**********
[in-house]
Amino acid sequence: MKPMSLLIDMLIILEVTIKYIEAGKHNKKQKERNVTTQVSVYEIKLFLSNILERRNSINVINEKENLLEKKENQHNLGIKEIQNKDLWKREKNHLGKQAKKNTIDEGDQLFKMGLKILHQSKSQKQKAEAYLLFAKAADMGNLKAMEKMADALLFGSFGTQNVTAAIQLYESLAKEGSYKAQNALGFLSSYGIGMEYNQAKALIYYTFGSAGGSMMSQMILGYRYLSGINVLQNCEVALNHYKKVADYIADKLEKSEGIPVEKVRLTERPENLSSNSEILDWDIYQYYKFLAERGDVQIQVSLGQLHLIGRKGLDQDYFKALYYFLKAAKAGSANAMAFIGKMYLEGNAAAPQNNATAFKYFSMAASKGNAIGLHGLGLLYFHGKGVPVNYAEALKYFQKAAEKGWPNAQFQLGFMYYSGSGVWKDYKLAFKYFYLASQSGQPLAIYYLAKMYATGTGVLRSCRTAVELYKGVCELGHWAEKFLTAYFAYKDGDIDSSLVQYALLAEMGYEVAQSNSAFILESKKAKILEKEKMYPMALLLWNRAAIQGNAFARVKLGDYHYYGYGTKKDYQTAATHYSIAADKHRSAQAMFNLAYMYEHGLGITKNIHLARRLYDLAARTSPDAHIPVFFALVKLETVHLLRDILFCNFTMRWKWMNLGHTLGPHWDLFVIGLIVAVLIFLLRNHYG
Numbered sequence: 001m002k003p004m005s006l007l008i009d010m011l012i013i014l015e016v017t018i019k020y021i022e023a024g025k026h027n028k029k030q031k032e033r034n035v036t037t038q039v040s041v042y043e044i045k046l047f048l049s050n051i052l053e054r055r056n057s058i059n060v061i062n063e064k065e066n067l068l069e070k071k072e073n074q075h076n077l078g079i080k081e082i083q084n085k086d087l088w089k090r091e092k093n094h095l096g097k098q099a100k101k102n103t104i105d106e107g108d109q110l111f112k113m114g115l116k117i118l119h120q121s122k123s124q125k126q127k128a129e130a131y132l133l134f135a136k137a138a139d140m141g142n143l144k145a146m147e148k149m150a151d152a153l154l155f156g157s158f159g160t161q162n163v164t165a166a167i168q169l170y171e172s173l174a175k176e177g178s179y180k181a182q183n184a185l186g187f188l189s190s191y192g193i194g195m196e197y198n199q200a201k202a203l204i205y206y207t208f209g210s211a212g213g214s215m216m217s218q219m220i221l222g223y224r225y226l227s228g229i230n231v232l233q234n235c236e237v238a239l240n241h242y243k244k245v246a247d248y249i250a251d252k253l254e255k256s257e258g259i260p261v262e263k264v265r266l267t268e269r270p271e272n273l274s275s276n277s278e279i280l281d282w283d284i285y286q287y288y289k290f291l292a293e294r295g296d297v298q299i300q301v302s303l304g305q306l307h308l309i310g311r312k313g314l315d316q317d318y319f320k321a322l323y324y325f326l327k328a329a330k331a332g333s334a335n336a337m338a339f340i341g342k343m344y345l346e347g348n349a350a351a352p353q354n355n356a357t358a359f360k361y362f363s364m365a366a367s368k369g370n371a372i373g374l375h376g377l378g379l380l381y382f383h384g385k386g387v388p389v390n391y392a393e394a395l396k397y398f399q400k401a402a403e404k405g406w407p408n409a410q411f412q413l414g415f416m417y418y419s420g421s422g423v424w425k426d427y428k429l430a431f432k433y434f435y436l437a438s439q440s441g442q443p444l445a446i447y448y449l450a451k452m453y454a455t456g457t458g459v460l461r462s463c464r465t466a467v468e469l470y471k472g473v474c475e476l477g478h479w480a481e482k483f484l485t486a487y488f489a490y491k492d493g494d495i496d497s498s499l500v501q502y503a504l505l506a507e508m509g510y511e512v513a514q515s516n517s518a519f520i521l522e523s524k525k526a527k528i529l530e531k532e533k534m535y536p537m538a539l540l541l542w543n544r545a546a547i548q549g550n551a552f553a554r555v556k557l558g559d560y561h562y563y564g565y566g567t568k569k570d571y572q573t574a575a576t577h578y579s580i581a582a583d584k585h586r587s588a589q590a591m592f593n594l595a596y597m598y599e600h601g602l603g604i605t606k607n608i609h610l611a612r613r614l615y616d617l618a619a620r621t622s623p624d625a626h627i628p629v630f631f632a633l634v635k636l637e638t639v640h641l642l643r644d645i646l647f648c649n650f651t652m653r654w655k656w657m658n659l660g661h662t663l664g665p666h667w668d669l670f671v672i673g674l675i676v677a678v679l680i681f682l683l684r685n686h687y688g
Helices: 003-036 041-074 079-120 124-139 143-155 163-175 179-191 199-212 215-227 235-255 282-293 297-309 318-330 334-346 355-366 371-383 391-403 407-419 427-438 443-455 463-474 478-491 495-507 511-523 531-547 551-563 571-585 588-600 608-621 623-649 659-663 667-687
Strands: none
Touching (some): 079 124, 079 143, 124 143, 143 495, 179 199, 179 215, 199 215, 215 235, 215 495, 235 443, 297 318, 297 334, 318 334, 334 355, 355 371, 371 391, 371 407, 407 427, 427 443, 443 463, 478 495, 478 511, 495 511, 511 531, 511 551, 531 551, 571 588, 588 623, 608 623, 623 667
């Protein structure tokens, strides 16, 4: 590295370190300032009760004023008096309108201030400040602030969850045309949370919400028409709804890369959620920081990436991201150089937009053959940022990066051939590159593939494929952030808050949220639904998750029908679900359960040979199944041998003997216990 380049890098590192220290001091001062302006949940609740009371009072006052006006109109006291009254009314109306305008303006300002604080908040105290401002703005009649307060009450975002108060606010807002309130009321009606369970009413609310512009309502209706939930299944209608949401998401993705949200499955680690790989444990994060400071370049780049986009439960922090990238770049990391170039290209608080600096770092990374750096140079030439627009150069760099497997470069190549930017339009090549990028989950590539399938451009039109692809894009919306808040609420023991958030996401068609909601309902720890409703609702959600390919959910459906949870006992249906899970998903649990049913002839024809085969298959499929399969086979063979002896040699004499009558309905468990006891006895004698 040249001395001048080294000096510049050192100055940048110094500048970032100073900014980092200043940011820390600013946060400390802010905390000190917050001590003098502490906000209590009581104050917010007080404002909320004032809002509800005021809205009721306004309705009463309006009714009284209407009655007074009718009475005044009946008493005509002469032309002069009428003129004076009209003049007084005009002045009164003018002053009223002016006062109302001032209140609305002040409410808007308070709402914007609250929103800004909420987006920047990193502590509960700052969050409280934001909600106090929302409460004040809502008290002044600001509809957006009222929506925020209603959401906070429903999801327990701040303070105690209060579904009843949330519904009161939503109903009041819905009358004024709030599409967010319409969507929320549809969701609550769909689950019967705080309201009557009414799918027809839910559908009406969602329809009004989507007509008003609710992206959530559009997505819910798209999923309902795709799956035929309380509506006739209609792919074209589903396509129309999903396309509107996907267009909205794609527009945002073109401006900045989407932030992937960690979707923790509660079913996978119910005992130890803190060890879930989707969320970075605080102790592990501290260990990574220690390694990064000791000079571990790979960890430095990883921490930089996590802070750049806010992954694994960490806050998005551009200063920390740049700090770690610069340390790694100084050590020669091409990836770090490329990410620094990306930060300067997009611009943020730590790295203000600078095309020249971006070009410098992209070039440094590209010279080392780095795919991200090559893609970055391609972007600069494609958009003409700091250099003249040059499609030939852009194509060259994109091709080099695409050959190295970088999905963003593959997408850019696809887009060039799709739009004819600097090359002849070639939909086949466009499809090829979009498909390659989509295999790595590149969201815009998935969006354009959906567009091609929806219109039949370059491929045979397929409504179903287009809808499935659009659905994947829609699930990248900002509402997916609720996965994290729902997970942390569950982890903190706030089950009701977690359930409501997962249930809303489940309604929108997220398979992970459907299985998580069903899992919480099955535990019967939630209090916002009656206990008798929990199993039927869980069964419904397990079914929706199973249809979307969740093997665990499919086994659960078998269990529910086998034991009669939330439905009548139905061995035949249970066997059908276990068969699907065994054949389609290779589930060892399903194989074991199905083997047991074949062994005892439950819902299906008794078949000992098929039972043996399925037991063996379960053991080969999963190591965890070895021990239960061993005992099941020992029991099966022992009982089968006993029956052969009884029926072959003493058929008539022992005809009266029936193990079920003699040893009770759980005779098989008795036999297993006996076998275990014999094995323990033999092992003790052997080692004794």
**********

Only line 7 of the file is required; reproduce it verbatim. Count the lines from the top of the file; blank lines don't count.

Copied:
């Protein structure tokens, strides 16, 4: 590295370190300032009760004023008096309108201030400040602030969850045309949370919400028409709804890369959620920081990436991201150089937009053959940022990066051939590159593939494929952030808050949220639904998750029908679900359960040979199944041998003997216990 380049890098590192220290001091001062302006949940609740009371009072006052006006109109006291009254009314109306305008303006300002604080908040105290401002703005009649307060009450975002108060606010807002309130009321009606369970009413609310512009309502209706939930299944209608949401998401993705949200499955680690790989444990994060400071370049780049986009439960922090990238770049990391170039290209608080600096770092990374750096140079030439627009150069760099497997470069190549930017339009090549990028989950590539399938451009039109692809894009919306808040609420023991958030996401068609909601309902720890409703609702959600390919959910459906949870006992249906899970998903649990049913002839024809085969298959499929399969086979063979002896040699004499009558309905468990006891006895004698 040249001395001048080294000096510049050192100055940048110094500048970032100073900014980092200043940011820390600013946060400390802010905390000190917050001590003098502490906000209590009581104050917010007080404002909320004032809002509800005021809205009721306004309705009463309006009714009284209407009655007074009718009475005044009946008493005509002469032309002069009428003129004076009209003049007084005009002045009164003018002053009223002016006062109302001032209140609305002040409410808007308070709402914007609250929103800004909420987006920047990193502590509960700052969050409280934001909600106090929302409460004040809502008290002044600001509809957006009222929506925020209603959401906070429903999801327990701040303070105690209060579904009843949330519904009161939503109903009041819905009358004024709030599409967010319409969507929320549809969701609550769909689950019967705080309201009557009414799918027809839910559908009406969602329809009004989507007509008003609710992206959530559009997505819910798209999923309902795709799956035929309380509506006739209609792919074209589903396509129309999903396309509107996907267009909205794609527009945002073109401006900045989407932030992937960690979707923790509660079913996978119910005992130890803190060890879930989707969320970075605080102790592990501290260990990574220690390694990064000791000079571990790979960890430095990883921490930089996590802070750049806010992954694994960490806050998005551009200063920390740049700090770690610069340390790694100084050590020669091409990836770090490329990410620094990306930060300067997009611009943020730590790295203000600078095309020249971006070009410098992209070039440094590209010279080392780095795919991200090559893609970055391609972007600069494609958009003409700091250099003249040059499609030939852009194509060259994109091709080099695409050959190295970088999905963003593959997408850019696809887009060039799709739009004819600097090359002849070639939909086949466009499809090829979009498909390659989509295999790595590149969201815009998935969006354009959906567009091609929806219109039949370059491929045979397929409504179903287009809808499935659009659905994947829609699930990248900002509402997916609720996965994290729902997970942390569950982890903190706030089950009701977690359930409501997962249930809303489940309604929108997220398979992970459907299985998580069903899992919480099955535990019967939630209090916002009656206990008798929990199993039927869980069964419904397990079914929706199973249809979307969740093997665990499919086994659960078998269990529910086998034991009669939330439905009548139905061995035949249970066997059908276990068969699907065994054949389609290779589930060892399903194989074991199905083997047991074949062994005892439950819902299906008794078949000992098929039972043996399925037991063996379960053991080969999963190591965890070895021990239960061993005992099941020992029991099966022992009982089968006993029956052969009884029926072959003493058929008539022992005809009266029936193990079920003699040893009770759980005779098989008795036999297993006996076998275990014999094995323990033999092992003790052997080692004794």